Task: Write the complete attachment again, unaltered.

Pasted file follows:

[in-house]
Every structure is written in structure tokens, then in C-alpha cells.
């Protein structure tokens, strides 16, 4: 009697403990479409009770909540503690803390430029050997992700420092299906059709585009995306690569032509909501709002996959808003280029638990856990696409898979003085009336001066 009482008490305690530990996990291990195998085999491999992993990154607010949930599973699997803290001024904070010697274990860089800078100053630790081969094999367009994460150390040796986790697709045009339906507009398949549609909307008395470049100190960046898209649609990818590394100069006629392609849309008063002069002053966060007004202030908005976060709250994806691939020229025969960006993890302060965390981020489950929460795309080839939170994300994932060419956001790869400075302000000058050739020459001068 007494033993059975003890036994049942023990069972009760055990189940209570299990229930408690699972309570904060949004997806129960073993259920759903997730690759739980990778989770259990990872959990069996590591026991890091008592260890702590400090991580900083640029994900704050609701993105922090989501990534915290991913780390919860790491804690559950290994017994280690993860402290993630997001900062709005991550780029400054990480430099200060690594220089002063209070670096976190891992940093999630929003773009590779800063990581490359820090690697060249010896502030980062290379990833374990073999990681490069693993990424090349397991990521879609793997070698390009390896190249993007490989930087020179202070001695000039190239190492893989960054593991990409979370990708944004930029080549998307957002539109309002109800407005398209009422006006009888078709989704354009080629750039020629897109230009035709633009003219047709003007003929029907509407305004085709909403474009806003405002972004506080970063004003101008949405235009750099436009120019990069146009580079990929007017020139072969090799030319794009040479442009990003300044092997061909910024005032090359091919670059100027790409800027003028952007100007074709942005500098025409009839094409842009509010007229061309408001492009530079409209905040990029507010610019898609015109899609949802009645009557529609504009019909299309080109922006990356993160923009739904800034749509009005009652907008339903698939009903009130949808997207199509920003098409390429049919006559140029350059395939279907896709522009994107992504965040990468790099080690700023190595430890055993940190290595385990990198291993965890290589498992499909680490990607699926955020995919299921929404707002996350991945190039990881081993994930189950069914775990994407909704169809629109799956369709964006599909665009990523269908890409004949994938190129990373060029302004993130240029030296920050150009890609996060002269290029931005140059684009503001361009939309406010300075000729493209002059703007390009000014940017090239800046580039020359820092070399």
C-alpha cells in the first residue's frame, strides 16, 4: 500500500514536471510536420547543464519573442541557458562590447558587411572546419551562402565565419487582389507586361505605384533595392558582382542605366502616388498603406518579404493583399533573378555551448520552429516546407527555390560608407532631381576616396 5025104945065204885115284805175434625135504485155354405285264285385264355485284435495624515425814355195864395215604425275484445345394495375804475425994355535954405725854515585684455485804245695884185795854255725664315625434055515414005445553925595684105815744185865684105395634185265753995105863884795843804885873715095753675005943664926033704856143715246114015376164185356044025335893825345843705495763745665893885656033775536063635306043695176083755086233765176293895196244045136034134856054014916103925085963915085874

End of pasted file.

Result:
[in-house]
Every structure is written in structure tokens, then in C-alpha cells.
């Protein structure tokens, strides 16, 4: 009697403990479409009770909540503690803390430029050997992700420092299906059709585009995306690569032509909501709002996959808003280029638990856990696409898979003085009336001066 009482008490305690530990996990291990195998085999491999992993990154607010949930599973699997803290001024904070010697274990860089800078100053630790081969094999367009994460150390040796986790697709045009339906507009398949549609909307008395470049100190960046898209649609990818590394100069006629392609849309008063002069002053966060007004202030908005976060709250994806691939020229025969960006993890302060965390981020489950929460795309080839939170994300994932060419956001790869400075302000000058050739020459001068 007494033993059975003890036994049942023990069972009760055990189940209570299990229930408690699972309570904060949004997806129960073993259920759903997730690759739980990778989770259990990872959990069996590591026991890091008592260890702590400090991580900083640029994900704050609701993105922090989501990534915290991913780390919860790491804690559950290994017994280690993860402290993630997001900062709005991550780029400054990480430099200060690594220089002063209070670096976190891992940093999630929003773009590779800063990581490359820090690697060249010896502030980062290379990833374990073999990681490069693993990424090349397991990521879609793997070698390009390896190249993007490989930087020179202070001695000039190239190492893989960054593991990409979370990708944004930029080549998307957002539109309002109800407005398209009422006006009888078709989704354009080629750039020629897109230009035709633009003219047709003007003929029907509407305004085709909403474009806003405002972004506080970063004003101008949405235009750099436009120019990069146009580079990929007017020139072969090799030319794009040479442009990003300044092997061909910024005032090359091919670059100027790409800027003028952007100007074709942005500098025409009839094409842009509010007229061309408001492009530079409209905040990029507010610019898609015109899609949802009645009557529609504009019909299309080109922006990356993160923009739904800034749509009005009652907008339903698939009903009130949808997207199509920003098409390429049919006559140029350059395939279907896709522009994107992504965040990468790099080690700023190595430890055993940190290595385990990198291993965890290589498992499909680490990607699926955020995919299921929404707002996350991945190039990881081993994930189950069914775990994407909704169809629109799956369709964006599909665009990523269908890409004949994938190129990373060029302004993130240029030296920050150009890609996060002269290029931005140059684009503001361009939309406010300075000729493209002059703007390009000014940017090239800046580039020359820092070399």
C-alpha cells in the first residue's frame, strides 16, 4: 500500500514536471510536420547543464519573442541557458562590447558587411572546419551562402565565419487582389507586361505605384533595392558582382542605366502616388498603406518579404493583399533573378555551448520552429516546407527555390560608407532631381576616396 5025104945065204885115284805175434625135504485155354405285264285385264355485284435495624515425814355195864395215604425275484445345394495375804475425994355535954405725854515585684455485804245695884185795854255725664315625434055515414005445553925595684105815744185865684105395634185265753995105863884795843804885873715095753675005943664926033704856143715246114015376164185356044025335893825345843705495763745665893885656033775536063635306043695176083755086233765176293895196244045136034134856054014916103925085963915085874